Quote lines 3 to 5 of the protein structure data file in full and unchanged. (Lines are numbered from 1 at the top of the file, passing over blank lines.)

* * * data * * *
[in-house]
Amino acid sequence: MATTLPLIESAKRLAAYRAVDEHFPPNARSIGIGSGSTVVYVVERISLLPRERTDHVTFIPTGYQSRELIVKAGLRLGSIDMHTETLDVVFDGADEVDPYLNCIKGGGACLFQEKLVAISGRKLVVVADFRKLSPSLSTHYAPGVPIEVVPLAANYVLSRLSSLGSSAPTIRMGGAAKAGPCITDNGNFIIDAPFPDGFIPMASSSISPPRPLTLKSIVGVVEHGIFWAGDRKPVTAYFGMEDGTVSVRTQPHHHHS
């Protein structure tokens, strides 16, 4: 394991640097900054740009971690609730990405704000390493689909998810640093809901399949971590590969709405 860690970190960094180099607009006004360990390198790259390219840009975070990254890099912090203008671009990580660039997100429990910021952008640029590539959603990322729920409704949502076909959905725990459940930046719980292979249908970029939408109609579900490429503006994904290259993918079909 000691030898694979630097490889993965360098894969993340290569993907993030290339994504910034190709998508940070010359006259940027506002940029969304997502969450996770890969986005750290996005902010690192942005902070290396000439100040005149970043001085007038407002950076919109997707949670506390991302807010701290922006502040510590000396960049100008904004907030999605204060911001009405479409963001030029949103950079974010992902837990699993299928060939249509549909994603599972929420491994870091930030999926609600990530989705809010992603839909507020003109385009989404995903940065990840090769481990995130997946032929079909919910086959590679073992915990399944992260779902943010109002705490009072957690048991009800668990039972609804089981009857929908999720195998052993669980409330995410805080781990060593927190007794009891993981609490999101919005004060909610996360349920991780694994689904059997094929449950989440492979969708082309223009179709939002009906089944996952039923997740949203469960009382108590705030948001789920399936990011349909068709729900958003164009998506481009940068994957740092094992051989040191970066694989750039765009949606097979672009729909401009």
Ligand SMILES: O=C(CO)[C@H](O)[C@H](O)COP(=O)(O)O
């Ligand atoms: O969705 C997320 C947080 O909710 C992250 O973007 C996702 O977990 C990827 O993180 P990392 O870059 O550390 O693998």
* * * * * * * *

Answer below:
């Protein structure tokens, strides 16, 4: 394991640097900054740009971690609730990405704000390493689909998810640093809901399949971590590969709405 860690970190960094180099607009006004360990390198790259390219840009975070990254890099912090203008671009990580660039997100429990910021952008640029590539959603990322729920409704949502076909959905725990459940930046719980292979249908970029939408109609579900490429503006994904290259993918079909 000691030898694979630097490889993965360098894969993340290569993907993030290339994504910034190709998508940070010359006259940027506002940029969304997502969450996770890969986005750290996005902010690192942005902070290396000439100040005149970043001085007038407002950076919109997707949670506390991302807010701290922006502040510590000396960049100008904004907030999605204060911001009405479409963001030029949103950079974010992902837990699993299928060939249509549909994603599972929420491994870091930030999926609600990530989705809010992603839909507020003109385009989404995903940065990840090769481990995130997946032929079909919910086959590679073992915990399944992260779902943010109002705490009072957690048991009800668990039972609804089981009857929908999720195998052993669980409330995410805080781990060593927190007794009891993981609490999101919005004060909610996360349920991780694994689904059997094929449950989440492979969708082309223009179709939002009906089944996952039923997740949203469960009382108590705030948001789920399936990011349909068709729900958003164009998506481009940068994957740092094992051989040191970066694989750039765009949606097979672009729909401009």
Ligand SMILES: O=C(CO)[C@H](O)[C@H](O)COP(=O)(O)O
């Ligand atoms: O969705 C997320 C947080 O909710 C992250 O973007 C996702 O977990 C990827 O993180 P990392 O870059 O550390 O693998």